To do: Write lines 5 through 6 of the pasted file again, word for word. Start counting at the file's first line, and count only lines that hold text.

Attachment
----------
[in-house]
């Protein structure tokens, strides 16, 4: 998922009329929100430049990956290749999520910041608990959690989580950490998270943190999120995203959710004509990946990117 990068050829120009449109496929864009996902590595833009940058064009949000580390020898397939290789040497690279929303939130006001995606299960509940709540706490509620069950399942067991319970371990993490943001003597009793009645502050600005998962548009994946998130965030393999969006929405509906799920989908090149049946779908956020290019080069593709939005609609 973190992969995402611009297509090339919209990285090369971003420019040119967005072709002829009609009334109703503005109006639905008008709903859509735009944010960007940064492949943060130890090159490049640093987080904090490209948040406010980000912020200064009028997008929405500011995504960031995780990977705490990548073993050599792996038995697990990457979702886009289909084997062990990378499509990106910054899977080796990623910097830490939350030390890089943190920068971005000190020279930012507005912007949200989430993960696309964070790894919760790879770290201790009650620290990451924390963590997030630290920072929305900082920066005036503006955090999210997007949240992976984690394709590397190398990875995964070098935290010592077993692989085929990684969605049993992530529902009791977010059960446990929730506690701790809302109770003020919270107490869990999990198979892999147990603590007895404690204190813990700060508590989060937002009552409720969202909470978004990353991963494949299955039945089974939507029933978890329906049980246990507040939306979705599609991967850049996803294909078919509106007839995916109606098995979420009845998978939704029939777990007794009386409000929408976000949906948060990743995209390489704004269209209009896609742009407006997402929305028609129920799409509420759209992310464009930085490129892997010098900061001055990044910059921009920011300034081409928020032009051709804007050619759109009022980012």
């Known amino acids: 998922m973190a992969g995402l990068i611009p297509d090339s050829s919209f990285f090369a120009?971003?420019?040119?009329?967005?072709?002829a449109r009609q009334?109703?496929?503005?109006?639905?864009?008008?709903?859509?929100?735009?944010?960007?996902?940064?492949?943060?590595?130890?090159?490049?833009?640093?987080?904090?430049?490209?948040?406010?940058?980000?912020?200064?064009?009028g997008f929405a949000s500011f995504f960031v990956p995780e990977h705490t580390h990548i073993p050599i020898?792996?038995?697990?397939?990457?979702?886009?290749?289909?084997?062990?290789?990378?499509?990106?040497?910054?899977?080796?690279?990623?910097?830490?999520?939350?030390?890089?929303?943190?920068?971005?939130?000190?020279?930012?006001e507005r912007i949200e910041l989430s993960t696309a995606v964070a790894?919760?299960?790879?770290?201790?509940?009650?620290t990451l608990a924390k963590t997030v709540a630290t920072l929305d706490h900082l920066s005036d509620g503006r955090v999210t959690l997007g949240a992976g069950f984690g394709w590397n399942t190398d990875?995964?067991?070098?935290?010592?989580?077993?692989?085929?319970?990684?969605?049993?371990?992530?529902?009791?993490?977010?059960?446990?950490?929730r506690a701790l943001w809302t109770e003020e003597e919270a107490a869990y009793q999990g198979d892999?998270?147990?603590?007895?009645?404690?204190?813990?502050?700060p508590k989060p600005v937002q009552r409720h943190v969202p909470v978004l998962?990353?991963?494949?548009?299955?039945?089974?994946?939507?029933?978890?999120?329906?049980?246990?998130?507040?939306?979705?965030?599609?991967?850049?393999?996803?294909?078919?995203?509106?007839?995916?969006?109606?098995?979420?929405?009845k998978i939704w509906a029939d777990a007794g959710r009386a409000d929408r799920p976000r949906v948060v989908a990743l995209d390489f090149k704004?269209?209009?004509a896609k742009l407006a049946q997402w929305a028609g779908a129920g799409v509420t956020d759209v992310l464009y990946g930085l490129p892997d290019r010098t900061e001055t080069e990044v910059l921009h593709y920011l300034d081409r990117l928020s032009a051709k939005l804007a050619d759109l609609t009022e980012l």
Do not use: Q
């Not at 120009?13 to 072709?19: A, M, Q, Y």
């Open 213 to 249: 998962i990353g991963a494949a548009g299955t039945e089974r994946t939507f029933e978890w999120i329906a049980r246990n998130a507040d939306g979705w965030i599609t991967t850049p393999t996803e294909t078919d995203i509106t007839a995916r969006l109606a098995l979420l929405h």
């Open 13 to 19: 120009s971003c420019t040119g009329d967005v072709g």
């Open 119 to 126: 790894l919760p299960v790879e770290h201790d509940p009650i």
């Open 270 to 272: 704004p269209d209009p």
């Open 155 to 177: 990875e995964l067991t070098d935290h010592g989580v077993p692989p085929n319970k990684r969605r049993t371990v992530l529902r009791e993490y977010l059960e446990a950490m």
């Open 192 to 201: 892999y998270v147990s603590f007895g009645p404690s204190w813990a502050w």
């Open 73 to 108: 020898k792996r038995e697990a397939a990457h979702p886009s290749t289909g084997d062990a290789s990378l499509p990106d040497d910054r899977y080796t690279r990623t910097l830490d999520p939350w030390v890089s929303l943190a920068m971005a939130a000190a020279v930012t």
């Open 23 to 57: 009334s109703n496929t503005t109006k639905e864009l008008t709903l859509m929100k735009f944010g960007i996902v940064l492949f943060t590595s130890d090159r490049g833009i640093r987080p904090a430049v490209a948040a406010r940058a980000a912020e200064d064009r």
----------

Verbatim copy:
């Not at 120009?13 to 072709?19: A, M, Q, Y």
């Open 213 to 249: 998962i990353g991963a494949a548009g299955t039945e089974r994946t939507f029933e978890w999120i329906a049980r246990n998130a507040d939306g979705w965030i599609t991967t850049p393999t996803e294909t078919d995203i509106t007839a995916r969006l109606a098995l979420l929405h």